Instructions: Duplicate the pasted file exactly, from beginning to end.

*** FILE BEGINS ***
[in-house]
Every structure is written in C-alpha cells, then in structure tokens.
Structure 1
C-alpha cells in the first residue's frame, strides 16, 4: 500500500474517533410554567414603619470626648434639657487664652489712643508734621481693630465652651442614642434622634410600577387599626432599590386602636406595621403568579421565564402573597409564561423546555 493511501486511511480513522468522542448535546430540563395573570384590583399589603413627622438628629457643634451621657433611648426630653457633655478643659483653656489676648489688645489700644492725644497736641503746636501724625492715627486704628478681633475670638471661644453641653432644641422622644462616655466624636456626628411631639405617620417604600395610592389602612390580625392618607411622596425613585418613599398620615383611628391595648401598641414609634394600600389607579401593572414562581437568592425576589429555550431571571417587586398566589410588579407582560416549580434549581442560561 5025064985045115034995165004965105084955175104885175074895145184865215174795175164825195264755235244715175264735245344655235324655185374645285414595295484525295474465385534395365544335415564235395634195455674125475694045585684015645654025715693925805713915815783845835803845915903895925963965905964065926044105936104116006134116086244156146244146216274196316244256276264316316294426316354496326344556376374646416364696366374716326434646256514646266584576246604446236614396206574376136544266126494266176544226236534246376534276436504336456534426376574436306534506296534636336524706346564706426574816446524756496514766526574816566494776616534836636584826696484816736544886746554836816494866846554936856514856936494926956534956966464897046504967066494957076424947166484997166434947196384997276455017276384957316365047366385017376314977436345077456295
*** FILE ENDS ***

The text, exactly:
[in-house]
Every structure is written in C-alpha cells, then in structure tokens.
Structure 1
C-alpha cells in the first residue's frame, strides 16, 4: 500500500474517533410554567414603619470626648434639657487664652489712643508734621481693630465652651442614642434622634410600577387599626432599590386602636406595621403568579421565564402573597409564561423546555 493511501486511511480513522468522542448535546430540563395573570384590583399589603413627622438628629457643634451621657433611648426630653457633655478643659483653656489676648489688645489700644492725644497736641503746636501724625492715627486704628478681633475670638471661644453641653432644641422622644462616655466624636456626628411631639405617620417604600395610592389602612390580625392618607411622596425613585418613599398620615383611628391595648401598641414609634394600600389607579401593572414562581437568592425576589429555550431571571417587586398566589410588579407582560416549580434549581442560561 5025064985045115034995165004965105084955175104885175074895145184865215174795175164825195264755235244715175264735245344655235324655185374645285414595295484525295474465385534395365544335415564235395634195455674125475694045585684015645654025715693925805713915815783845835803845915903895925963965905964065926044105936104116006134116086244156146244146216274196316244256276264316316294426316354496326344556376374646416364696366374716326434646256514646266584576246604446236614396206574376136544266126494266176544226236534246376534276436504336456534426376574436306534506296534636336524706346564706426574816446524756496514766526574816566494776616534836636584826696484816736544886746554836816494866846554936856514856936494926956534956966464897046504967066494957076424947166484997166434947196384997276455017276384957316365047366385017376314977436345077456295